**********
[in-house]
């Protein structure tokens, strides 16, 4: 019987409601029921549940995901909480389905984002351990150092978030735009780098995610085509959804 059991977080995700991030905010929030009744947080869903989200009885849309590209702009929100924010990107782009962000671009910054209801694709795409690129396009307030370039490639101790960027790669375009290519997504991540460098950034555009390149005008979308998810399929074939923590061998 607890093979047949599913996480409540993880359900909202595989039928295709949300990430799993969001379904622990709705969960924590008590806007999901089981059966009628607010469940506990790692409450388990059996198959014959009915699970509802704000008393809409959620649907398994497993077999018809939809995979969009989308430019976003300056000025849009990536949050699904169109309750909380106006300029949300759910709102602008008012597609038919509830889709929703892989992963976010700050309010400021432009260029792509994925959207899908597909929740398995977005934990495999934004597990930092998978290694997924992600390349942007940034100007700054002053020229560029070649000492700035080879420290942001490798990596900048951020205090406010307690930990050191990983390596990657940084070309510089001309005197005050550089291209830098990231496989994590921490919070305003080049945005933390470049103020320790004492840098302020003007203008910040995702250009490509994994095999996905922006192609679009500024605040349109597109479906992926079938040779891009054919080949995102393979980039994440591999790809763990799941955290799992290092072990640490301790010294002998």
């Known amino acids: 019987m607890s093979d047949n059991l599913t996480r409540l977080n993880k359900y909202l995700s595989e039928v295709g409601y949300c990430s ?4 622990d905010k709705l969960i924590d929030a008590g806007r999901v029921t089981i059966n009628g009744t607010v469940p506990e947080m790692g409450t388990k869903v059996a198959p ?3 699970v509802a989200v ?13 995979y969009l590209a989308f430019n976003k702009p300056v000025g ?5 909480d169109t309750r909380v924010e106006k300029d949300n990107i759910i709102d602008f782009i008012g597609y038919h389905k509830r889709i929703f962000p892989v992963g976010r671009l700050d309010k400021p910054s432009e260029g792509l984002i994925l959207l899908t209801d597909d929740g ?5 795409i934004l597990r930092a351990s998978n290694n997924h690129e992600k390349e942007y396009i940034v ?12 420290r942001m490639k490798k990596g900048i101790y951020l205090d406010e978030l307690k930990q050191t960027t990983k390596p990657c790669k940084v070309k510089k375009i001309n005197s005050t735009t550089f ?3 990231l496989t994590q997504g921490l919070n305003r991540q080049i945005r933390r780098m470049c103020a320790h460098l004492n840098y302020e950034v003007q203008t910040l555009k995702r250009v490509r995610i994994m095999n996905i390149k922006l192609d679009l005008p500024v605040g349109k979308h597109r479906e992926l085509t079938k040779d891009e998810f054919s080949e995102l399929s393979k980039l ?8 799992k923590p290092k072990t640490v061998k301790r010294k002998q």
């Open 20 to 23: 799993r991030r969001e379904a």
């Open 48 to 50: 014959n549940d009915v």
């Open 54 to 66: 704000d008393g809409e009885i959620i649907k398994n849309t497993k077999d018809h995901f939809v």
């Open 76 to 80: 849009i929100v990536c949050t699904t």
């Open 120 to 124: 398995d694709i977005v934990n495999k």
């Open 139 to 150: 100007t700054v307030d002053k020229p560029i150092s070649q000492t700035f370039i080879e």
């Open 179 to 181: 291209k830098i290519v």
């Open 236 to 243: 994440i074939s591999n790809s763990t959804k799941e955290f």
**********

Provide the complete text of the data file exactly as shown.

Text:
[in-house]
């Protein structure tokens, strides 16, 4: 019987409601029921549940995901909480389905984002351990150092978030735009780098995610085509959804 059991977080995700991030905010929030009744947080869903989200009885849309590209702009929100924010990107782009962000671009910054209801694709795409690129396009307030370039490639101790960027790669375009290519997504991540460098950034555009390149005008979308998810399929074939923590061998 607890093979047949599913996480409540993880359900909202595989039928295709949300990430799993969001379904622990709705969960924590008590806007999901089981059966009628607010469940506990790692409450388990059996198959014959009915699970509802704000008393809409959620649907398994497993077999018809939809995979969009989308430019976003300056000025849009990536949050699904169109309750909380106006300029949300759910709102602008008012597609038919509830889709929703892989992963976010700050309010400021432009260029792509994925959207899908597909929740398995977005934990495999934004597990930092998978290694997924992600390349942007940034100007700054002053020229560029070649000492700035080879420290942001490798990596900048951020205090406010307690930990050191990983390596990657940084070309510089001309005197005050550089291209830098990231496989994590921490919070305003080049945005933390470049103020320790004492840098302020003007203008910040995702250009490509994994095999996905922006192609679009500024605040349109597109479906992926079938040779891009054919080949995102393979980039994440591999790809763990799941955290799992290092072990640490301790010294002998």
């Known amino acids: 019987m607890s093979d047949n059991l599913t996480r409540l977080n993880k359900y909202l995700s595989e039928v295709g409601y949300c990430s ?4 622990d905010k709705l969960i924590d929030a008590g806007r999901v029921t089981i059966n009628g009744t607010v469940p506990e947080m790692g409450t388990k869903v059996a198959p ?3 699970v509802a989200v ?13 995979y969009l590209a989308f430019n976003k702009p300056v000025g ?5 909480d169109t309750r909380v924010e106006k300029d949300n990107i759910i709102d602008f782009i008012g597609y038919h389905k509830r889709i929703f962000p892989v992963g976010r671009l700050d309010k400021p910054s432009e260029g792509l984002i994925l959207l899908t209801d597909d929740g ?5 795409i934004l597990r930092a351990s998978n290694n997924h690129e992600k390349e942007y396009i940034v ?12 420290r942001m490639k490798k990596g900048i101790y951020l205090d406010e978030l307690k930990q050191t960027t990983k390596p990657c790669k940084v070309k510089k375009i001309n005197s005050t735009t550089f ?3 990231l496989t994590q997504g921490l919070n305003r991540q080049i945005r933390r780098m470049c103020a320790h460098l004492n840098y302020e950034v003007q203008t910040l555009k995702r250009v490509r995610i994994m095999n996905i390149k922006l192609d679009l005008p500024v605040g349109k979308h597109r479906e992926l085509t079938k040779d891009e998810f054919s080949e995102l399929s393979k980039l ?8 799992k923590p290092k072990t640490v061998k301790r010294k002998q």
């Open 20 to 23: 799993r991030r969001e379904a």
């Open 48 to 50: 014959n549940d009915v």
């Open 54 to 66: 704000d008393g809409e009885i959620i649907k398994n849309t497993k077999d018809h995901f939809v």
């Open 76 to 80: 849009i929100v990536c949050t699904t």
């Open 120 to 124: 398995d694709i977005v934990n495999k």
């Open 139 to 150: 100007t700054v307030d002053k020229p560029i150092s070649q000492t700035f370039i080879e």
């Open 179 to 181: 291209k830098i290519v």
């Open 236 to 243: 994440i074939s591999n790809s763990t959804k799941e955290f």